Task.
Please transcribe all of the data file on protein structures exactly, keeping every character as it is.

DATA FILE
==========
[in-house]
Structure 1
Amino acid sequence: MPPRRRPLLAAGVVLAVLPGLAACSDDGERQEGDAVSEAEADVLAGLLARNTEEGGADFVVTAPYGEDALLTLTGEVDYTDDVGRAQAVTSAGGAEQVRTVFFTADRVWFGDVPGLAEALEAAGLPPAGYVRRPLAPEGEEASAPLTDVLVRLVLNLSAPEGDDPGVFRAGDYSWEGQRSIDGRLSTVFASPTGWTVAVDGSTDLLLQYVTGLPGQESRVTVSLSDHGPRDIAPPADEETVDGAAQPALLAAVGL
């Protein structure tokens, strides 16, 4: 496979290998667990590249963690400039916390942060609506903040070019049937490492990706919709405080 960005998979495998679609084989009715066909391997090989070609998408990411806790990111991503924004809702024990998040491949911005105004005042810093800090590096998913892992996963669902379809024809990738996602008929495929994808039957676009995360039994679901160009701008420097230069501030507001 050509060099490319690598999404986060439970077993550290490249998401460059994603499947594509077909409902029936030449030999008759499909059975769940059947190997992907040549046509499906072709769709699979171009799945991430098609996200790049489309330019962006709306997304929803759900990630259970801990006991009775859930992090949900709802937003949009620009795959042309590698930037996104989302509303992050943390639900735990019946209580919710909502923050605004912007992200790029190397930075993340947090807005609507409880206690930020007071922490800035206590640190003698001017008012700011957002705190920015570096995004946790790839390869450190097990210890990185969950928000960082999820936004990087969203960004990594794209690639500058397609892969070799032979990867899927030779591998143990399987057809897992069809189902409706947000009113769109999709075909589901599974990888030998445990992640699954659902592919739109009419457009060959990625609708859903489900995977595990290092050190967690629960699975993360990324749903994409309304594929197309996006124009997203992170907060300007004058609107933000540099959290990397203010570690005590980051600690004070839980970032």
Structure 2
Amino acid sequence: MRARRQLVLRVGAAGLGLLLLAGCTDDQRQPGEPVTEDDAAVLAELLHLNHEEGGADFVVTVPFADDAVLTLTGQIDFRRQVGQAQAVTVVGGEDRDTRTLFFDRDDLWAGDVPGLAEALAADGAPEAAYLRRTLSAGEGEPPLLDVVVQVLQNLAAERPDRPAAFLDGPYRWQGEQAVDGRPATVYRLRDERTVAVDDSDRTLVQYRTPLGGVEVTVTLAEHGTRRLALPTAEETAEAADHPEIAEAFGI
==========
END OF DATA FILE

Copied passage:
[in-house]
Structure 1
Amino acid sequence: MPPRRRPLLAAGVVLAVLPGLAACSDDGERQEGDAVSEAEADVLAGLLARNTEEGGADFVVTAPYGEDALLTLTGEVDYTDDVGRAQAVTSAGGAEQVRTVFFTADRVWFGDVPGLAEALEAAGLPPAGYVRRPLAPEGEEASAPLTDVLVRLVLNLSAPEGDDPGVFRAGDYSWEGQRSIDGRLSTVFASPTGWTVAVDGSTDLLLQYVTGLPGQESRVTVSLSDHGPRDIAPPADEETVDGAAQPALLAAVGL
């Protein structure tokens, strides 16, 4: 496979290998667990590249963690400039916390942060609506903040070019049937490492990706919709405080 960005998979495998679609084989009715066909391997090989070609998408990411806790990111991503924004809702024990998040491949911005105004005042810093800090590096998913892992996963669902379809024809990738996602008929495929994808039957676009995360039994679901160009701008420097230069501030507001 050509060099490319690598999404986060439970077993550290490249998401460059994603499947594509077909409902029936030449030999008759499909059975769940059947190997992907040549046509499906072709769709699979171009799945991430098609996200790049489309330019962006709306997304929803759900990630259970801990006991009775859930992090949900709802937003949009620009795959042309590698930037996104989302509303992050943390639900735990019946209580919710909502923050605004912007992200790029190397930075993340947090807005609507409880206690930020007071922490800035206590640190003698001017008012700011957002705190920015570096995004946790790839390869450190097990210890990185969950928000960082999820936004990087969203960004990594794209690639500058397609892969070799032979990867899927030779591998143990399987057809897992069809189902409706947000009113769109999709075909589901599974990888030998445990992640699954659902592919739109009419457009060959990625609708859903489900995977595990290092050190967690629960699975993360990324749903994409309304594929197309996006124009997203992170907060300007004058609107933000540099959290990397203010570690005590980051600690004070839980970032």
Structure 2
Amino acid sequence: MRARRQLVLRVGAAGLGLLLLAGCTDDQRQPGEPVTEDDAAVLAELLHLNHEEGGADFVVTVPFADDAVLTLTGQIDFRRQVGQAQAVTVVGGEDRDTRTLFFDRDDLWAGDVPGLAEALAADGAPEAAYLRRTLSAGEGEPPLLDVVVQVLQNLAAERPDRPAAFLDGPYRWQGEQAVDGRPATVYRLRDERTVAVDDSDRTLVQYRTPLGGVEVTVTLAEHGTRRLALPTAEETAEAADHPEIAEAFGI